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The current version of enumn is 0.1.13.

cargo-vet does not verify reviewers' identity. You have to fully trust the source the audits are from.

does-not-implement-crypto (implies crypto-safe)

Inspection reveals that the crate in question does not attempt to implement any cryptographic algorithms on its own.

Note that certification of this does not require an expert on all forms of cryptography: it's expected for crates we import to be "good enough" citizens, so they'll at least be forthcoming if they try to implement something cryptographic. When in doubt, please ask an expert.

Implied by other criteria

All crypto algorithms in this crate have been reviewed by a relevant expert.

Note: If a crate does not implement crypto, use does-not-implement-crypto, which implies crypto-safe, but does not require expert review in order to audit for.

rule-of-two-safe-to-deploy (implies safe-to-deploy)

This is a stronger requirement than the built-in safe-to-deploy criteria, motivated by Chromium's rule-of-two related requirements:

This crate will not introduce a serious security vulnerability to production software exposed to untrusted input.

Auditors are not required to perform a full logic review of the entire crate. Rather, they must review enough to fully reason about the behavior of all unsafe blocks and usage of powerful imports. For any reasonable usage of the crate in real-world software, an attacker must not be able to manipulate the runtime behavior of these sections in an exploitable or surprising way.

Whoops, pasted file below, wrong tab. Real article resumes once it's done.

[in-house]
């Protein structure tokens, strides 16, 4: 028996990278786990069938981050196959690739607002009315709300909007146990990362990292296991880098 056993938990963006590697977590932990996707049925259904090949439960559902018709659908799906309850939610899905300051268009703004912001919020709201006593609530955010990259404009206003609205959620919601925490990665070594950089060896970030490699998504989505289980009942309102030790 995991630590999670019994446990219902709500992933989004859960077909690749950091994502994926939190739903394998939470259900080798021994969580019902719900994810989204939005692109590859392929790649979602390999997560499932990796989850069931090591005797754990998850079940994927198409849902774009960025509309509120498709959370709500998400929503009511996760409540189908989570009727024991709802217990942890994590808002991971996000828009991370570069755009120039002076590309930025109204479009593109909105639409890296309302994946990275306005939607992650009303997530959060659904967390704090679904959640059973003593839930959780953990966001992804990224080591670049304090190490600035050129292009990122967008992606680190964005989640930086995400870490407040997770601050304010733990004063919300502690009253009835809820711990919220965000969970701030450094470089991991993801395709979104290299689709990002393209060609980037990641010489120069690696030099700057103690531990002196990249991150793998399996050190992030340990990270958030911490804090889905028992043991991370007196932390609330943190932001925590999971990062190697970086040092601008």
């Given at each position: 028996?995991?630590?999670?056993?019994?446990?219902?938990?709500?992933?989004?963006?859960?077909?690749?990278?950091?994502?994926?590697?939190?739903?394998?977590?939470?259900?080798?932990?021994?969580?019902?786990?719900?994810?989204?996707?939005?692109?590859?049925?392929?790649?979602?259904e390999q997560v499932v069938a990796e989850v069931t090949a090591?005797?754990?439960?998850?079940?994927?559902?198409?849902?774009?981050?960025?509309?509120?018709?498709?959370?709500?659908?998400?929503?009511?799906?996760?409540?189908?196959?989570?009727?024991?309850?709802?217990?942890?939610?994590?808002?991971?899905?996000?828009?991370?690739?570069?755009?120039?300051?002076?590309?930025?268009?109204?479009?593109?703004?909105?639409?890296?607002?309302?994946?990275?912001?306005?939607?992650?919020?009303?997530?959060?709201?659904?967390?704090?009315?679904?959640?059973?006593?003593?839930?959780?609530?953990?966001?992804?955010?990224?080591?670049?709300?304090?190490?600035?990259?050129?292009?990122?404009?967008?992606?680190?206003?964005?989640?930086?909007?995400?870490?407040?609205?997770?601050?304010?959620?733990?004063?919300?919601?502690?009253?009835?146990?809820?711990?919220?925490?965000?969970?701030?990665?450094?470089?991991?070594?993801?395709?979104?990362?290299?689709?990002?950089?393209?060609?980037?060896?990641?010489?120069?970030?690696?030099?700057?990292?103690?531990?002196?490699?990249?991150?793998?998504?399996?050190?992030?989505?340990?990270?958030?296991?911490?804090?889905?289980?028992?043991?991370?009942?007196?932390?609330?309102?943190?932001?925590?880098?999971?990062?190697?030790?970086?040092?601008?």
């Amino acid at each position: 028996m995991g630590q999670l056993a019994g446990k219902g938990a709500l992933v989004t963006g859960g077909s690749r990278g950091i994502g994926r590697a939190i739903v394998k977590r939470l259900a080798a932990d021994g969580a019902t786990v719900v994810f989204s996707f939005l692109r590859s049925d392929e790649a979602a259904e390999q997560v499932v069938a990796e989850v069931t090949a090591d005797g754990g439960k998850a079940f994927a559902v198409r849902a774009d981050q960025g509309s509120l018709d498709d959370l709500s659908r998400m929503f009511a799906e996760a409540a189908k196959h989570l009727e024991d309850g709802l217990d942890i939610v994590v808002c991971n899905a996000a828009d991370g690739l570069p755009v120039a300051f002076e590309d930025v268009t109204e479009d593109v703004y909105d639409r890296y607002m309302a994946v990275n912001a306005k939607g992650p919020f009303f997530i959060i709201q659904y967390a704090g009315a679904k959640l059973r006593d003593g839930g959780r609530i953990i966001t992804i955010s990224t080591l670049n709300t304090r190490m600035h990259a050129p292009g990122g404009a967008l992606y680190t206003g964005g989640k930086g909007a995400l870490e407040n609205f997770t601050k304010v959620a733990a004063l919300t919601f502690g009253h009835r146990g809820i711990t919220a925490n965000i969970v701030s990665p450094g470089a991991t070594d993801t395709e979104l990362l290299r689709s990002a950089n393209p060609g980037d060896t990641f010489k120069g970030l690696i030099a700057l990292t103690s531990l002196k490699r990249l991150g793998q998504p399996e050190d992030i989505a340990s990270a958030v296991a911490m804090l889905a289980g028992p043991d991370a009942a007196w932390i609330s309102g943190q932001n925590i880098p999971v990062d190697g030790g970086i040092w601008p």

Ideally, ambient capabilities (e.g. filesystem access) are hardened against manipulation and consistent with the advertised behavior of the crate. However, some discretion is permitted. In such cases, the nature of the discretion should be recorded in the notes field of the audit record.

Any unsafe code in this crate must, in general, be kept well-contained, and documentation must exist to describe how Rust's invariants are being upheld despite the unsafe block(s). Nontrivial uses of unsafe must be reviewed by an expert in Rust's unsafety guarantees/non-guarantees.

For crates which generate deployed code (e.g. build dependencies or procedural macros), reasonable usage of the crate should output code which meets the above criteria.

safe-to-deploy (implies safe-to-run)
Implied by other criteria

This crate will not introduce a serious security vulnerability to production software exposed to untrusted input. More…


This crate can be compiled, run, and tested on a local workstation or in controlled automation without surprising consequences. More…

Crates in the registry are tarball snapshots uploaded by crates' publishers. The registry is not using crates' git repositories. There is absolutely no guarantee that the repository URL declared by the crate belongs to the crate, or that the code in the repository is the code inside the published tarball. To review the actual code of the crate, it's best to use cargo crev open enumn. Alternatively, you can download the tarball of enumn v0.1.13 or view the source online.